Skip directly to content

Minimize RSR Award Detail

Research Spending & Results

Award Detail

Awardee:UNIVERSITY OF MIAMI
Doing Business As Name:University of Miami
PD/PI:
  • Xi Huo
  • (305) 284-2166
  • x.huo@math.miami.edu
Co-PD(s)/co-PI(s):
  • Shigui Ruan
  • Darlene Miller
Award Date:07/27/2021
Estimated Total Award Amount: $ 280,000
Funds Obligated to Date: $ 280,000
  • FY 2021=$280,000
Start Date:08/01/2021
End Date:07/31/2024
Transaction Type:Grant
Agency:NSF
Awarding Agency Code:4900
Funding Agency Code:4900
CFDA Number:47.049
Primary Program Source:040100 NSF RESEARCH & RELATED ACTIVIT
Award Title or Description:Modeling, Assessing, and Comparing Treatment Protocols to Prevent and Control Antibiotic Resistance
Federal Award ID Number:2052648
DUNS ID:625174149
Parent DUNS ID:004146619
Program:MATHEMATICAL BIOLOGY
Program Officer:
  • Zhilan Feng
  • (703) 292-7523
  • zfeng@nsf.gov

Awardee Location

Street:1320 S. Dixie Highway Suite 650
City:CORAL GABLES
State:FL
ZIP:33146-2926
County:Coral Gables
Country:US
Awardee Cong. District:27

Primary Place of Performance

Organization Name:University of Miami
Street:1365 Memorial Drive, Rm 513
City:Coral Gables
State:FL
ZIP:33146-2508
County:Coral Gables
Country:US
Cong. District:27

Abstract at Time of Award

The emergence and spread of antimicrobial resistance are considered one of the biggest threats to human health in the 21st century. Bacteria can develop defense mechanisms against antibiotics, and the misuse and overuse of antibiotics are accelerating this process; all antibiotics have lost effectiveness against their targeted bacteria as of now. The evolutionary mechanisms for bacteria developing resistance to antibiotics are multifactorial and differ widely with the bacterial species, antibiotic classes and generations, route of administration, and the specific antibiotic-bacteria combination. This project will combine experimental data and mathematical models to quantify and simulate treatment dynamics for specific antibiotic-bacteria pairs. The primary objective is to seek optimal antibiotic use protocols on the patient level and validate theoretical conclusions with experiments. The results will improve current understanding of antibiotic use strategies and help design an integrated plan for future antimicrobial stewardship programs. This project will engage undergraduate and graduate students with interests in interdisciplinary research from both the main and medicine campuses of the University of Miami. The first goal of the project is to develop models that reflect the resistance development mechanism for specific antibiotic-bacteria combinations. In vitro experimental data will be generated and linked with the models to estimate the bacterial growth and evolutionary parameters under different antibiotic concentrations. Second, considering the immune response and the periodical drug concentrations, within-host bacterial dynamic models will be developed with periodic coefficients. The investigators will study the nonlinear dynamics of these models and evaluate the effects of four major antibiotic protocols: (i) mono-drug therapy, (ii) combination therapy, (iii) sequential cycling therapy, and (iv) de-escalation therapy. Third, the investigators will develop novel bacterial population models formulated in terms of semilinear partial differential equations and structured with respect to two physiological features: bacterial age and plasmid copies. The analysis of these models will advance understanding of drug resistance development at the cellular level and will establish new mathematical results on partial differential equations. This award reflects NSF's statutory mission and has been deemed worthy of support through evaluation using the Foundation's intellectual merit and broader impacts review criteria.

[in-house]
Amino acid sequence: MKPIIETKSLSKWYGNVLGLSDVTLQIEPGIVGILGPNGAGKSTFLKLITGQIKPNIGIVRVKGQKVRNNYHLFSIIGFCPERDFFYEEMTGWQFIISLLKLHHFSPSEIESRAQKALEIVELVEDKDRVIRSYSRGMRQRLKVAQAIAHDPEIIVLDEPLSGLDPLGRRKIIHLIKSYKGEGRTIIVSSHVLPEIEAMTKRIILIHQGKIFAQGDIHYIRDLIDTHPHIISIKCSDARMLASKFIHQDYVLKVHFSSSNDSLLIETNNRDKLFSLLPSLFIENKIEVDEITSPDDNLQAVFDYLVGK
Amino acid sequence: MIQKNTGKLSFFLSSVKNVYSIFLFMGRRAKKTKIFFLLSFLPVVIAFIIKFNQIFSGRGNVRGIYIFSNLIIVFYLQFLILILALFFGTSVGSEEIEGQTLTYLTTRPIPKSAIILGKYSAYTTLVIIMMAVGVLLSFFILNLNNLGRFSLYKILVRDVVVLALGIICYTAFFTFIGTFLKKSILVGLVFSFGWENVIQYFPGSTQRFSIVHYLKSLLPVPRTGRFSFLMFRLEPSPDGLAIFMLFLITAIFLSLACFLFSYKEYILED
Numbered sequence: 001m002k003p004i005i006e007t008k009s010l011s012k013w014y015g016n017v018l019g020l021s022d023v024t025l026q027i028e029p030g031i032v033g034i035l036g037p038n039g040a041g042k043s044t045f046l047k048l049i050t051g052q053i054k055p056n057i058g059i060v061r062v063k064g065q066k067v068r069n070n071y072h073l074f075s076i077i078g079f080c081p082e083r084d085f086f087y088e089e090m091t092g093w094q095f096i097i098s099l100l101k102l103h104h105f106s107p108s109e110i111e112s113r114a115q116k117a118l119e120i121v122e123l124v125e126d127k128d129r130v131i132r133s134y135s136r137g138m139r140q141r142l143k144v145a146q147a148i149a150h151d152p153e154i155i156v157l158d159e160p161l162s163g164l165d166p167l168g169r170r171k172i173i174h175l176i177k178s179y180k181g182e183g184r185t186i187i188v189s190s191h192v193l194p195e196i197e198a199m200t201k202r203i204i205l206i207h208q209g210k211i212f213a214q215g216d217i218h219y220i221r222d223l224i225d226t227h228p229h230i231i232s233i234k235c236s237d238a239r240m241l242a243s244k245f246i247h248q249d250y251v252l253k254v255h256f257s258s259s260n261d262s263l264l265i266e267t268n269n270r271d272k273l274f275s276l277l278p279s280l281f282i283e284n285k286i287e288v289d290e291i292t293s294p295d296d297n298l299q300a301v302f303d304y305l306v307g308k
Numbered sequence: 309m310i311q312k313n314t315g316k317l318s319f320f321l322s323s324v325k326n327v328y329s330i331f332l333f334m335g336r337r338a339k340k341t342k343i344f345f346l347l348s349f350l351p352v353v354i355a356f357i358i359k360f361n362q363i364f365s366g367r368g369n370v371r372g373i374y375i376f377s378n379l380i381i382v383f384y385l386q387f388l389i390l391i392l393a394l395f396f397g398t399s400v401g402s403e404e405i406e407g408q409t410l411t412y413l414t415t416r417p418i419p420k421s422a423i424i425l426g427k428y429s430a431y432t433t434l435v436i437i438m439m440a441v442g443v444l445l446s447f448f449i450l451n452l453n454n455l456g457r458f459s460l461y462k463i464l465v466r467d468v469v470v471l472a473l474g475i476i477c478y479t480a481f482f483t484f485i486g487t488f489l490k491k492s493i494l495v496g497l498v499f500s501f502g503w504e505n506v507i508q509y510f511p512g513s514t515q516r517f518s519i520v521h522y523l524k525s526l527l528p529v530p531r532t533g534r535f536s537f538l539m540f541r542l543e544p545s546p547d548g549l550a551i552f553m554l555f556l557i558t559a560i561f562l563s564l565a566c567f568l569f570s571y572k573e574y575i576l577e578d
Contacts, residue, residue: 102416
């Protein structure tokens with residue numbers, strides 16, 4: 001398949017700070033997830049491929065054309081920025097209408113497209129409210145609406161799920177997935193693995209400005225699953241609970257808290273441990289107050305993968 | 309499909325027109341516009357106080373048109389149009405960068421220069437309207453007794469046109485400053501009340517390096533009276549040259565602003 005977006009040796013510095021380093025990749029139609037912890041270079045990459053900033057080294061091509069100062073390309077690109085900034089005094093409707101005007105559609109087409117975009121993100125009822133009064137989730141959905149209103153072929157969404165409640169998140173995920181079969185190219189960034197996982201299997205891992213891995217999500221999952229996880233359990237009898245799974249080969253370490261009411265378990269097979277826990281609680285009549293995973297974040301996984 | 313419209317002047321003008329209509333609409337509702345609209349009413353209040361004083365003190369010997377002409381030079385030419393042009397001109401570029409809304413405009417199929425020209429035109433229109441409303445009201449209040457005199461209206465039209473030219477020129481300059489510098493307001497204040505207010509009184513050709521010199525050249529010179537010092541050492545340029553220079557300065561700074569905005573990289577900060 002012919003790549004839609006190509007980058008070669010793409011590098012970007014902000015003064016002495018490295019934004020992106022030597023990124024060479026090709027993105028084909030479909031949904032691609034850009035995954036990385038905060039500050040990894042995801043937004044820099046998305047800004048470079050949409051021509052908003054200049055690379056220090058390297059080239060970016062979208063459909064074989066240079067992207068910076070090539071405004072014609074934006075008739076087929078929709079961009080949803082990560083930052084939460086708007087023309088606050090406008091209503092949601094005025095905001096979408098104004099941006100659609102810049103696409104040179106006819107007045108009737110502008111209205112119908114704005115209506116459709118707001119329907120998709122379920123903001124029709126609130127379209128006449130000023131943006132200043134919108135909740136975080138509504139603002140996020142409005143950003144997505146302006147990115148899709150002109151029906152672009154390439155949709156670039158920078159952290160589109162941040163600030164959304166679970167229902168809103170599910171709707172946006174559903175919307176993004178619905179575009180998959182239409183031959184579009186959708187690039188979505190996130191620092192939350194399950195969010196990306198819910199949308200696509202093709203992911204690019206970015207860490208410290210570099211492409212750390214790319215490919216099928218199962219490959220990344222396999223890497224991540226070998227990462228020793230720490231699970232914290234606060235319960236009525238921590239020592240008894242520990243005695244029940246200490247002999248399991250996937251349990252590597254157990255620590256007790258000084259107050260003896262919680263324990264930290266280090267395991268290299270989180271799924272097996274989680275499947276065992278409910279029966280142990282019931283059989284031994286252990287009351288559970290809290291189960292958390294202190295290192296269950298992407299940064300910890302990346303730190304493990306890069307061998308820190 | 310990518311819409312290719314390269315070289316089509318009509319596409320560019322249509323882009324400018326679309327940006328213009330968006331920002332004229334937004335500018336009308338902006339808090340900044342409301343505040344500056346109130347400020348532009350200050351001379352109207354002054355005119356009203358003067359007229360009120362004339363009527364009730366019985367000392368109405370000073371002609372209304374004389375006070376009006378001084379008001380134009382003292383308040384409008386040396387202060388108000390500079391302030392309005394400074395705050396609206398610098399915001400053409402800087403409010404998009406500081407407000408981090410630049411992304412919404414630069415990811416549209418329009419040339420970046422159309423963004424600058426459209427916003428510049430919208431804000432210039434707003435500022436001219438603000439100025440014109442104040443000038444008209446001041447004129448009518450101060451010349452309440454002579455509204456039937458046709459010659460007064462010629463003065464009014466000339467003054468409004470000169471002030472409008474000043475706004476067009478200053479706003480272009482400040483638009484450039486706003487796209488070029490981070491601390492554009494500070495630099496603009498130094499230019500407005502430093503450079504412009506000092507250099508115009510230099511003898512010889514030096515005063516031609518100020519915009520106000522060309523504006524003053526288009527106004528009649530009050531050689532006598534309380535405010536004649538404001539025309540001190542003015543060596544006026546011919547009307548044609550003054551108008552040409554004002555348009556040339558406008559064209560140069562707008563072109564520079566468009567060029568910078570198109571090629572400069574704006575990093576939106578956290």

For specific questions or comments about this information including the NSF Project Outcomes Report, contact us.